I called a few banks and they do not seem to be interested in financing for MHP’s. Why is there a reluctance to finance MHP’s from bank’s part?
I think your running at the wrong banks. You might try small, private banks that are used to financing farm and ranch. They are used to looking at creative income, expense and balance sheets. Shoot- one of my parks is financed through a bunch of credit unions that finance commercial properties.
Thanks Jim for your advice. However, they seem to offer 8% interest and how does it attract a property with a cap rate of 9%. Is it worth taking the risk?
You need to maintain about a 5 point spread between the loan interest and the cap rate, to hit the really attractive return rates that we seek. At a 8% bank interest rate, you’d have to buy a park at a 13% cap rate. But I’ve never heard of 8% financing right now, so I think the problem is that you’re still not hitting the right banks. You need to be hitting the banks on Main 'Street in the town the park is located in. There are normally 3 or 4 such banks. If you hit all of those and they say “no”, it may be a sign that the deal/market is lousy and should just drop it and move on. The small town banks are huge cheerleaders for the town, and we’ve never failed to find one when we needed one. I think you’re hitting either regional banks, or some type of hard money lender. Something is definitely wrong, that’s for sure.
Earlier this year my partner and I had to call over 100 banks and credit unions to find financing on a MHP with city utilities, paved roads, in an outstanding school district, in a very healthy major metro, with 3 years of seller tax returns documenting respectable financial performance. I was floored at how difficult it was to get this deal financed. But all it takes is 1! And we got one bank to go 80% LTV with reasonable terms.So keep cold-calling. Call every bank in the State, call every credit union. Do web research on ‘top 100 banks’ in your state, and then use Google Maps to zoom in on your city and find all the smaller banks and CUs. Be dogged, be persistent. Go get your financing.“Nothing in this world can take the place of persistence. Talent will not: nothing is more common than unsuccessful men with talent. Genius will not; unrewarded genius is almost a proverb. Education will not: the world is full of educated derelicts. Persistence and determination alone are omnipotent.” - President Calvin Coolidge (1872 - 1933)Good luck,-jl-P.S. I must be going backwards. On my first MHP acquisition 7 years ago, I only had to call 60 banks to get 58 rejections and 2 ‘yeses’ from banks.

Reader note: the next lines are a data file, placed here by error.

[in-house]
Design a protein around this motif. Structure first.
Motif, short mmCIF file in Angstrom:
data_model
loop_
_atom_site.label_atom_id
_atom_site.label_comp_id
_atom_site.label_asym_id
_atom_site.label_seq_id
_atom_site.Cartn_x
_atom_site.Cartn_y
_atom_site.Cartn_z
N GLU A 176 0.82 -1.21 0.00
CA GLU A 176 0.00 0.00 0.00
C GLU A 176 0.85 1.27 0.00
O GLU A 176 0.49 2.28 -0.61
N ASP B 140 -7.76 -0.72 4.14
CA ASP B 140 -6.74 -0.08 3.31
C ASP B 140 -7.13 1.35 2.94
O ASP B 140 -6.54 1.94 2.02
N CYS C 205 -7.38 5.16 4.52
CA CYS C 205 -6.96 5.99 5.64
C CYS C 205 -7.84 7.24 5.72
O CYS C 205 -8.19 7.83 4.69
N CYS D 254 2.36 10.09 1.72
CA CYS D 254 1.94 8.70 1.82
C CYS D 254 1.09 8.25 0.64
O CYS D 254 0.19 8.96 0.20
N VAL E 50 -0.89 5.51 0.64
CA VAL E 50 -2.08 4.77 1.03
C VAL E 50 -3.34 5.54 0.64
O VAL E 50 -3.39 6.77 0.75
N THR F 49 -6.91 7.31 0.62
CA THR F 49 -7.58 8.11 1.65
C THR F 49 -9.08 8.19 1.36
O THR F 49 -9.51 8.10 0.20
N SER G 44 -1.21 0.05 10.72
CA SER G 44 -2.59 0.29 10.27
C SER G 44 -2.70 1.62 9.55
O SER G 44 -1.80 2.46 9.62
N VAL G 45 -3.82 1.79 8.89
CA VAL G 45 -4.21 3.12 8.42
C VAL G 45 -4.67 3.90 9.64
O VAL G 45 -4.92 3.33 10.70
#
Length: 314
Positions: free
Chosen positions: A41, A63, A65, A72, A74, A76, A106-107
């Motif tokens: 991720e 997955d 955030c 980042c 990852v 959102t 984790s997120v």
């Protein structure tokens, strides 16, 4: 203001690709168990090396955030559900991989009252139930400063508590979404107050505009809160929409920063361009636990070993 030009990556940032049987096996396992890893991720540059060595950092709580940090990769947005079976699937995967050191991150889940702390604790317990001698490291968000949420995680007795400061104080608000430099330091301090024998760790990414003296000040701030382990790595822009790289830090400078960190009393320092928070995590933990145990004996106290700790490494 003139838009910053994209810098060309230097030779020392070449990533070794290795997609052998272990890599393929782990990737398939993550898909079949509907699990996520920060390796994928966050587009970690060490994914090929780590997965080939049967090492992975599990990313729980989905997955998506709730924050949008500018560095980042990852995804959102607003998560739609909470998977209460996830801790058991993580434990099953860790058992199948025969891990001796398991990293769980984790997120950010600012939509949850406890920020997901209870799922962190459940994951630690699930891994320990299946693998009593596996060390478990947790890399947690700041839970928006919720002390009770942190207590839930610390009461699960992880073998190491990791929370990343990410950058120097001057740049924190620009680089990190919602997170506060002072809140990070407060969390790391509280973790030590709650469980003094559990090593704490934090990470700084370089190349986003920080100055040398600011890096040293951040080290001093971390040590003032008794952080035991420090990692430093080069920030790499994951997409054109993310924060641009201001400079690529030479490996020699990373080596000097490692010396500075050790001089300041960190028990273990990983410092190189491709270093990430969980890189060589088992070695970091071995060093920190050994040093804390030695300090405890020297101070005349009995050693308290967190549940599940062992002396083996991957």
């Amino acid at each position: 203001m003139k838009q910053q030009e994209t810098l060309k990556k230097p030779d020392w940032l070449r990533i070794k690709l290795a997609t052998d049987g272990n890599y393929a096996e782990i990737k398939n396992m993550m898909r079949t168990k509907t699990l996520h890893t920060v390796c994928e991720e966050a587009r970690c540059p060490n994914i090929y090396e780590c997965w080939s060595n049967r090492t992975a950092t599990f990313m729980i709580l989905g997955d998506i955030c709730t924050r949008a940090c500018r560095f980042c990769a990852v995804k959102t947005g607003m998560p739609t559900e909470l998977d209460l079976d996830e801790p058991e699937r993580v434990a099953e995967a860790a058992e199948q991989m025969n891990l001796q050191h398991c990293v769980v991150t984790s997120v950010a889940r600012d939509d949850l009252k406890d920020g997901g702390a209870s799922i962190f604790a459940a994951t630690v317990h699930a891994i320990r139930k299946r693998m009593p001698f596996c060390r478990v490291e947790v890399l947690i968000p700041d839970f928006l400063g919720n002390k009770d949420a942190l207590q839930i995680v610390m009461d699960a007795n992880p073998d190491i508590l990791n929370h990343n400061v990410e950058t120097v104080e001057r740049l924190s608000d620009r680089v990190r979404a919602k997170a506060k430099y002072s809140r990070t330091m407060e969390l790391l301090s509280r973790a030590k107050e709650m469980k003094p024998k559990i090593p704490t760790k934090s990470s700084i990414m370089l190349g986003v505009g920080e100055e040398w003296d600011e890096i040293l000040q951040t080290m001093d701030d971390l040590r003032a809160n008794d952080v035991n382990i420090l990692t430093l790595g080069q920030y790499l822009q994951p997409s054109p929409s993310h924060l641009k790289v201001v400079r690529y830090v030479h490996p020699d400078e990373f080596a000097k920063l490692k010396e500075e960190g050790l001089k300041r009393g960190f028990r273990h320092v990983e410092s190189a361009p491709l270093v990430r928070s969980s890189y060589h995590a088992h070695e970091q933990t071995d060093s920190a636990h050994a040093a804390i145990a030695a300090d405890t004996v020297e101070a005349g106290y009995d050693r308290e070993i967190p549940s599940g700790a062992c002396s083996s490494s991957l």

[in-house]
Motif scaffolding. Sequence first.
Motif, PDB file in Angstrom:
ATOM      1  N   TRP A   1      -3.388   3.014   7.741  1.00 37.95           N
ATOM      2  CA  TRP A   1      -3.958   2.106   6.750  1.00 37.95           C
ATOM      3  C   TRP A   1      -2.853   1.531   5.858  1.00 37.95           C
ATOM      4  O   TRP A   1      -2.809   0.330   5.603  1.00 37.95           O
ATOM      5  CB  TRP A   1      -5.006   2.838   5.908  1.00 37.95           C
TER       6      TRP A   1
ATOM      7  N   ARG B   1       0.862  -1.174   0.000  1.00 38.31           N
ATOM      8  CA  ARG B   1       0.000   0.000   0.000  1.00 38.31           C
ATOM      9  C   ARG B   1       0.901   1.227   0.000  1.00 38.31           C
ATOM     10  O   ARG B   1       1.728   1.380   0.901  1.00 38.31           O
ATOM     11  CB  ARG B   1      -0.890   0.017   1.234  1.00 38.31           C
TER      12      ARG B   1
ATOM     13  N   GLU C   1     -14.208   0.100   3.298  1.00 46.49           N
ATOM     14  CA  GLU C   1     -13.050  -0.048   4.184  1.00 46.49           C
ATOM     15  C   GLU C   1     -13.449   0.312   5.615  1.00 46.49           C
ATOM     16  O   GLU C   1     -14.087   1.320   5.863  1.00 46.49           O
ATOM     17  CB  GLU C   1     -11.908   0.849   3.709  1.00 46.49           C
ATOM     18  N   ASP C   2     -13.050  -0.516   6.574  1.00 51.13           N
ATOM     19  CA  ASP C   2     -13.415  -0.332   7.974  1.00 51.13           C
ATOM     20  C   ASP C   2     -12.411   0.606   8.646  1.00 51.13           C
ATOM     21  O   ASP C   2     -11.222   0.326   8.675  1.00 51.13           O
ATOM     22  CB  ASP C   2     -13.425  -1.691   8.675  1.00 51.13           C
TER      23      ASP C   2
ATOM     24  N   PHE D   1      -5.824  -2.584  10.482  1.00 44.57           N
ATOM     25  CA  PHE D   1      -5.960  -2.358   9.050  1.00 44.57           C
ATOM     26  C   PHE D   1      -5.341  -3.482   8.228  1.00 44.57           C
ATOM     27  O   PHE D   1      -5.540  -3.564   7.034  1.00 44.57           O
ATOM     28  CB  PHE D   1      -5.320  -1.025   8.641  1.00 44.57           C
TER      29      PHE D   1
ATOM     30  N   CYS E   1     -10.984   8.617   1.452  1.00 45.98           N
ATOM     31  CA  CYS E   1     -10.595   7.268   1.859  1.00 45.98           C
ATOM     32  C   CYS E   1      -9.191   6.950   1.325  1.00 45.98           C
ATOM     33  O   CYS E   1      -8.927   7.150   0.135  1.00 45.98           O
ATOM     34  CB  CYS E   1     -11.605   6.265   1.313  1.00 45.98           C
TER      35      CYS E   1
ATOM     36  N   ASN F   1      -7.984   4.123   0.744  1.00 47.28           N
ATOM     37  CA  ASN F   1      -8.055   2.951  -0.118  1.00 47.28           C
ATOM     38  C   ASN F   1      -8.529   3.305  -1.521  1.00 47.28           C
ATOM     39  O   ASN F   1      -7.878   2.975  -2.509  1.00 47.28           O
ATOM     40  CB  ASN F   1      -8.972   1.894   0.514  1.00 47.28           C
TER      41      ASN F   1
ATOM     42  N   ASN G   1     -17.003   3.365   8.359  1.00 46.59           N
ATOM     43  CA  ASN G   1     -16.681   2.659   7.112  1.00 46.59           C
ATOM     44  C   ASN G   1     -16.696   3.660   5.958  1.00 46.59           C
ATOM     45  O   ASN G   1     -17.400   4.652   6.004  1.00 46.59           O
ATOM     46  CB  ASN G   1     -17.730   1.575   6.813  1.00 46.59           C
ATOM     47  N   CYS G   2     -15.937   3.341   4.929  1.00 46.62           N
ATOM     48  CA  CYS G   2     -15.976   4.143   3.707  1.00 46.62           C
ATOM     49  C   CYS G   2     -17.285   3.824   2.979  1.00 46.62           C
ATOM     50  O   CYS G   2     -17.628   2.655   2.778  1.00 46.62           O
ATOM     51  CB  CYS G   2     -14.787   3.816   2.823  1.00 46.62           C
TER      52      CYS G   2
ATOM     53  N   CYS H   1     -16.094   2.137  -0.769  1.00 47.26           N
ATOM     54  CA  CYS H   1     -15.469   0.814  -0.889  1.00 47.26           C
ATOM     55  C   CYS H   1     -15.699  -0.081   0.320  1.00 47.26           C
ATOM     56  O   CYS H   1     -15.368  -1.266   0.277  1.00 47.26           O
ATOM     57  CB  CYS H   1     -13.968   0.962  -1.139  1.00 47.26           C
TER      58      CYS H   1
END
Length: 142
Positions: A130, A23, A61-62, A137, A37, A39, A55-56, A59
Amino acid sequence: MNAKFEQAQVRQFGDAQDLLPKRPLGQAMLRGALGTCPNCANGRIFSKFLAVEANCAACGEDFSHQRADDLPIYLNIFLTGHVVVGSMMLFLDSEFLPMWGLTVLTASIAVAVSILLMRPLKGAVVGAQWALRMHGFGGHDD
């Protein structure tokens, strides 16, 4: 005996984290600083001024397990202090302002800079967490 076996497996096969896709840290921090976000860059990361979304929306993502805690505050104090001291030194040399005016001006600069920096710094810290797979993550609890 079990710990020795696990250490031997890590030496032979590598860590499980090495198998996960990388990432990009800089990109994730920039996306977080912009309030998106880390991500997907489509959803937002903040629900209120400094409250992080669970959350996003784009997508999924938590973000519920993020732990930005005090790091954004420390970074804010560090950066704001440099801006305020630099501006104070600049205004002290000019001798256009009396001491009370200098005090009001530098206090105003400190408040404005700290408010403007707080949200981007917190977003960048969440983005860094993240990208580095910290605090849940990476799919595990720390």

Jefferson,Do you think the lack of interest by the banks / credit unions was due to the location of the park? Or some other factor? I remember seeing another person post on the forum that they were finding lots of local banks willing to lend on mhp’s in their area.Robbie
I have absolutely no idea why it was so difficult to finance this park. The location was a) very good on a county highway, b) in a very high-end suburb of c) a large metro, d) in walking distance to the local excellent public high school. Everything about the park makes sense for a lender.Bankers make bad decisions. My primary bank that finances me 100% LTV on my MHP acquisitions - will only do so within 30 miles of their headquarters building. I brought them a MHP deal 125 miles away (same state) that is much better than the ones they’ve financed for me so far, … and the bank said ‘no - too far away.’ Distance to an asset is irrelevant to a bank’s profitability on a mobile home park loan.I’d argue that the key factors for a bank to avoid taking a loss lending on a mobile home park are:1. the economy the park is in2. the skill of the owner/operator3. the park infrastructure(probably in that order)Bankers’ poor decision-making never, never, never, ceases to astound me. Yet the inefficiency in this market is part of what enables large profits. If I’m having difficulties raising money, then everyone must be having similar difficulties (at least for that particular deal), and no one else will snap the deal away from me at a higher price.Bankers’ poor decision-making skills present an opportunity for buyers who can in fact raise capital. Remember, 'all it takes is 1.'Your mileage may vary,-jl-
Thanks Frank and Jeff for your extreme detailed guidance. It definitely inspires me. I also have a limited credit history in US just for about 4 years although my credit score is good/excellent. (755+). Not sure if that would be a limiting factor.Thanks, but will definitely try.
There are a couple of local lenders that I work for that lend on mobile home parks. One in particular is very knowledgeable of the industry. I have inquired to both as to what areas they make loans to. The response was most of their loans are on properties within a reasonable driving distance (one day or less) from the bank. They want to be able to check out the parks at any given time to make sure they are being well managed and maintained. Also, they want experienced park operators. This limits the geographic area of the couple of banks to most of Wisconsin and Minnesota. If anyone has deals going in these areas, PM me and I’ll be glad to send you some contact information.
I agree with Jefferson:'all it takes is 1’We recently purchased another park. In the end we had 3 local banks that were willing to finance. The first bank wanted to balloon the loan in 2 years. This was from a local bank that my husband had been talking to about a mobile home loan for approximately 3 years. The terms during those 3 years were never a 2 year balloon. Since a 2 year balloon was not acceptable to us, we made it our mission to find another local bank. Thankfully, we were able to find 2 more local banks and these 2 banks were willing to offer much better financing terms.Thus, I agree with Jefferson on the ‘all it takes is 1’ and the ‘persistence’.We wish you the very best!